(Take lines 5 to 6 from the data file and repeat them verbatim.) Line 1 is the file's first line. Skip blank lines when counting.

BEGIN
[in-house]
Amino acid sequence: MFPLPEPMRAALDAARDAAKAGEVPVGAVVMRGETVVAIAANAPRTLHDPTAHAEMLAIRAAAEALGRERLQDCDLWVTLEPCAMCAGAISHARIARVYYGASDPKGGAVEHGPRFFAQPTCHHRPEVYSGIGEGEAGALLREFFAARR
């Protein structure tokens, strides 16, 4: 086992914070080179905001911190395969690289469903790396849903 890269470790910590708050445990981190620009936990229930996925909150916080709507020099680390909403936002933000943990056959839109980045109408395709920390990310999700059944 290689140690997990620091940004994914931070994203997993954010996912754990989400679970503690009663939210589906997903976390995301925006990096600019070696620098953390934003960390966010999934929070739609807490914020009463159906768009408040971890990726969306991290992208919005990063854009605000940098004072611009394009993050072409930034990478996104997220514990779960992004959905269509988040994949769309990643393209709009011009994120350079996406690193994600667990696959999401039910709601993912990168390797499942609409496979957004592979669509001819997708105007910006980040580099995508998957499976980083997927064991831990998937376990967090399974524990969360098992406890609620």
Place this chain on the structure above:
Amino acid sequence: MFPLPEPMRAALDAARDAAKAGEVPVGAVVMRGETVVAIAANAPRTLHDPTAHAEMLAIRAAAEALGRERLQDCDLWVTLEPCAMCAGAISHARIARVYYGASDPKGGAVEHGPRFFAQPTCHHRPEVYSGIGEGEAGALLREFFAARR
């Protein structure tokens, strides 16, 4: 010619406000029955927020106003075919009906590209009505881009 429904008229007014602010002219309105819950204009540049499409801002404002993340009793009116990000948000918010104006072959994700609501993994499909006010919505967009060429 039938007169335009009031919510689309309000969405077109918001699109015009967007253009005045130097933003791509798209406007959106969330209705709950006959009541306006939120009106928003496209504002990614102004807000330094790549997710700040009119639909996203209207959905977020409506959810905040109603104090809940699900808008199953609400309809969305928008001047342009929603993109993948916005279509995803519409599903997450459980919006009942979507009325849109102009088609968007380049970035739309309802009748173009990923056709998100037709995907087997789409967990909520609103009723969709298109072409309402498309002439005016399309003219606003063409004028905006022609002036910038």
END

Amino acid sequence: MFPLPEPMRAALDAARDAAKAGEVPVGAVVMRGETVVAIAANAPRTLHDPTAHAEMLAIRAAAEALGRERLQDCDLWVTLEPCAMCAGAISHARIARVYYGASDPKGGAVEHGPRFFAQPTCHHRPEVYSGIGEGEAGALLREFFAARR
């Protein structure tokens, strides 16, 4: 010619406000029955927020106003075919009906590209009505881009 429904008229007014602010002219309105819950204009540049499409801002404002993340009793009116990000948000918010104006072959994700609501993994499909006010919505967009060429 039938007169335009009031919510689309309000969405077109918001699109015009967007253009005045130097933003791509798209406007959106969330209705709950006959009541306006939120009106928003496209504002990614102004807000330094790549997710700040009119639909996203209207959905977020409506959810905040109603104090809940699900808008199953609400309809969305928008001047342009929603993109993948916005279509995803519409599903997450459980919006009942979507009325849109102009088609968007380049970035739309309802009748173009990923056709998100037709995907087997789409967990909520609103009723969709298109072409309402498309002439005016399309003219606003063409004028905006022609002036910038």